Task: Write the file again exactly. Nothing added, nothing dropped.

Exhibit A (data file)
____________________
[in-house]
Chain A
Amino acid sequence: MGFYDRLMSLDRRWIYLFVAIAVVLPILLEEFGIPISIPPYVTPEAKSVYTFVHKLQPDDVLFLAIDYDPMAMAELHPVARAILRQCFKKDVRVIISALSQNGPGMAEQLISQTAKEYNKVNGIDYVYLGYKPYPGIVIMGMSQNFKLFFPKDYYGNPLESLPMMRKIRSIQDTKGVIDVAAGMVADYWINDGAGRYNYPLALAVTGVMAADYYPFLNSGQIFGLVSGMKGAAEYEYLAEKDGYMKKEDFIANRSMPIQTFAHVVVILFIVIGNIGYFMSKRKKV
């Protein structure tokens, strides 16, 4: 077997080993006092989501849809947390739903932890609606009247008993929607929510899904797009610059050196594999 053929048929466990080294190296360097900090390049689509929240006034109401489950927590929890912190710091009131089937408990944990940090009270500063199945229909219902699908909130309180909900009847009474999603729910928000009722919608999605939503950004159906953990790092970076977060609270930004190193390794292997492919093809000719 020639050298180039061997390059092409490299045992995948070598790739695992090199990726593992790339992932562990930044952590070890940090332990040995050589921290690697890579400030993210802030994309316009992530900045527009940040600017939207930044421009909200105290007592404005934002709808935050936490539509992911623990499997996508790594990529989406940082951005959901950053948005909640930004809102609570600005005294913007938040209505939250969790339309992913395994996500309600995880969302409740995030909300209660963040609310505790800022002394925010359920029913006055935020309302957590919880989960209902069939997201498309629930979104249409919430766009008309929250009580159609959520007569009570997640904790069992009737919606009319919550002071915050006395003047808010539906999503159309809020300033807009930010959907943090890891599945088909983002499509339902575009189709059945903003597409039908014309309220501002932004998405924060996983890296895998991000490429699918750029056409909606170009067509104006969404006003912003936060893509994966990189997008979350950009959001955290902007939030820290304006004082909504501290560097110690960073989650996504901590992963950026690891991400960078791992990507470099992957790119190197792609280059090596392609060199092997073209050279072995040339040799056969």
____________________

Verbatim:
[in-house]
Chain A
Amino acid sequence: MGFYDRLMSLDRRWIYLFVAIAVVLPILLEEFGIPISIPPYVTPEAKSVYTFVHKLQPDDVLFLAIDYDPMAMAELHPVARAILRQCFKKDVRVIISALSQNGPGMAEQLISQTAKEYNKVNGIDYVYLGYKPYPGIVIMGMSQNFKLFFPKDYYGNPLESLPMMRKIRSIQDTKGVIDVAAGMVADYWINDGAGRYNYPLALAVTGVMAADYYPFLNSGQIFGLVSGMKGAAEYEYLAEKDGYMKKEDFIANRSMPIQTFAHVVVILFIVIGNIGYFMSKRKKV
């Protein structure tokens, strides 16, 4: 077997080993006092989501849809947390739903932890609606009247008993929607929510899904797009610059050196594999 053929048929466990080294190296360097900090390049689509929240006034109401489950927590929890912190710091009131089937408990944990940090009270500063199945229909219902699908909130309180909900009847009474999603729910928000009722919608999605939503950004159906953990790092970076977060609270930004190193390794292997492919093809000719 020639050298180039061997390059092409490299045992995948070598790739695992090199990726593992790339992932562990930044952590070890940090332990040995050589921290690697890579400030993210802030994309316009992530900045527009940040600017939207930044421009909200105290007592404005934002709808935050936490539509992911623990499997996508790594990529989406940082951005959901950053948005909640930004809102609570600005005294913007938040209505939250969790339309992913395994996500309600995880969302409740995030909300209660963040609310505790800022002394925010359920029913006055935020309302957590919880989960209902069939997201498309629930979104249409919430766009008309929250009580159609959520007569009570997640904790069992009737919606009319919550002071915050006395003047808010539906999503159309809020300033807009930010959907943090890891599945088909983002499509339902575009189709059945903003597409039908014309309220501002932004998405924060996983890296895998991000490429699918750029056409909606170009067509104006969404006003912003936060893509994966990189997008979350950009959001955290902007939030820290304006004082909504501290560097110690960073989650996504901590992963950026690891991400960078791992990507470099992957790119190197792609280059090596392609060199092997073209050279072995040339040799056969």